Awards Made to IT Contributors
The NIH automatic data processing-extramural program coordination committee recently held its annual awards ceremony to honor employees who have made exceptional contributions to the extramural community's use of information technology. Chairperson Greg Fischetti, NCI, made the presentations.
Certificates of achievement were awarded to: Dr. Thorsten Fjellstedt, NIEHS, for leadership in initiating and organizing the NIH workshop on extramural enterprise and extension systems; Dr. John J. McGowan, NIAID, for demonstrated leadership in the coordination and consolidation of Electronic Research Administration requirements and priorities; and Donald Tiedemann, CIT, for extraordinary effort and expertise in the continued development of the NIH Electronic Council Book System and the NIDA Extramural Projects System.
Certificates of appreciation went to: Robert Fay, OD, for exceptional high quality IMPAC II help desk services; Donna Frahm, OD, for outstanding leadership of the ADP/EP coordination committee during her tenure as chairperson; Carol Martin, NHGRI, for outstanding contributions as advocate for IMPAC II reporting requirements; Sherry Zucker, OD, for sustained interest and effort in instructing the extramural community on use of new and existing IMPAC II modules and in keeping the community advised of module status and development.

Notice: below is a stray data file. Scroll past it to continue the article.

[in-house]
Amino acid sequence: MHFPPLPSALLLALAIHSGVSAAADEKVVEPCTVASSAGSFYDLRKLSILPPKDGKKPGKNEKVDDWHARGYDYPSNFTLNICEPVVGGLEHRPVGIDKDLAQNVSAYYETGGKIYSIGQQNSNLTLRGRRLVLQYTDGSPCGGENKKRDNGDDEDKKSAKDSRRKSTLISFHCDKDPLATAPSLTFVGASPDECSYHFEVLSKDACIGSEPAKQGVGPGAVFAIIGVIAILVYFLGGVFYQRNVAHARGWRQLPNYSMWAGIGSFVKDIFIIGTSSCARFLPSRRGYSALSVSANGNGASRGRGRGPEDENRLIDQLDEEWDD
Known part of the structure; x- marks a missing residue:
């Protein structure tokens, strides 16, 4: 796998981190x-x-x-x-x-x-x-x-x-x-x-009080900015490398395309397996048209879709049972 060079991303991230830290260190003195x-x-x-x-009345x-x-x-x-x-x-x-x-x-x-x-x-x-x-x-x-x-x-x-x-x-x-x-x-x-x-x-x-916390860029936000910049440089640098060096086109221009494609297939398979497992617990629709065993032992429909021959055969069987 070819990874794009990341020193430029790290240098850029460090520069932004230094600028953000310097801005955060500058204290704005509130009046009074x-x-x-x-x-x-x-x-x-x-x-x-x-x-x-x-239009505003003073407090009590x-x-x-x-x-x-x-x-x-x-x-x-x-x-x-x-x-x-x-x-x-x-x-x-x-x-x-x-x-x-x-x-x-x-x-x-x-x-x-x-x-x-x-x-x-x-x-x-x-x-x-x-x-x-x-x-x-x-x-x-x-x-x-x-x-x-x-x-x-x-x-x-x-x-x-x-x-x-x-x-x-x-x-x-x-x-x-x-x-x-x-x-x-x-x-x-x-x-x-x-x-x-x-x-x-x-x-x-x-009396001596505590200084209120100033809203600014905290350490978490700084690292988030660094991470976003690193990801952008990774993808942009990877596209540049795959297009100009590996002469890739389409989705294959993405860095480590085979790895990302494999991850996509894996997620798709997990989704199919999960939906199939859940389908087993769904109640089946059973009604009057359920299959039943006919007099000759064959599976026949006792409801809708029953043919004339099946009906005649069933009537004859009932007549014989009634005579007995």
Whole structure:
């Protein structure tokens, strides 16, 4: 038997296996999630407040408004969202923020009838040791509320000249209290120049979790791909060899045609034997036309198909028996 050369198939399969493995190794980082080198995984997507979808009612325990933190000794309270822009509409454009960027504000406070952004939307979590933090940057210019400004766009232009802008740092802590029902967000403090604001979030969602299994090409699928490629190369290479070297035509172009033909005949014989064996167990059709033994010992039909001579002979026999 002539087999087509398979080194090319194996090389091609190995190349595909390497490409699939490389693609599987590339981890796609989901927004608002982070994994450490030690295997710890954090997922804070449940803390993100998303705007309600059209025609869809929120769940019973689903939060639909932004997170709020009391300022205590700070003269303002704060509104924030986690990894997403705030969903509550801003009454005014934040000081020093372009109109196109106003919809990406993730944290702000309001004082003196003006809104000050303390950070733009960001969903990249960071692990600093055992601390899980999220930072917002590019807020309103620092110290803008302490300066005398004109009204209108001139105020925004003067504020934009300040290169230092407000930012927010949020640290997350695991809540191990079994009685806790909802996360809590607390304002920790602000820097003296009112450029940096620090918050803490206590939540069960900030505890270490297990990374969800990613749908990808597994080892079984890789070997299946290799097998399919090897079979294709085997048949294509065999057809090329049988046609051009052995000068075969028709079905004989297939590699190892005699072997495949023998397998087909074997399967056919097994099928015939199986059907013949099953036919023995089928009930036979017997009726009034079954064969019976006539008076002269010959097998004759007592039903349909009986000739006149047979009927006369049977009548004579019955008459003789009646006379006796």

Following the presentation of awards, committee members and guests had an opportunity to congratulate the recipients and enjoy refreshments.
NCI's Kashmiri Honored by APAO
Dr. Syed V. Kashmiri, a senior scientist in NCI's Laboratory of Tumor Immunology and Biology, won the 2001 outstanding achievement award from the Asian/Pacific American Organization at its annual ceremony on May 25. He was cited for his contributions in mentoring young scientists, especially those drawn from minority communities and overseas.
Dr. Syed V. Kashmiri
He was credited with helping his research trainees establish themselves as independent researchers. A number of his former trainees have now developed their own research programs at various institutions in this country and abroad, and are recognized as productive investigators.
Besides postdoctoral fellows, Kashmiri has also encouraged high school students, especially those belonging to minority communities, to work in his laboratory during summer vacations. Many of his former trainees and students have developed enduring ties with him and his laboratory.
A molecular immunologist, Kashmiri pursues a variety of hobbies and interests in his spare time, including poetry in his native language, Urdu.
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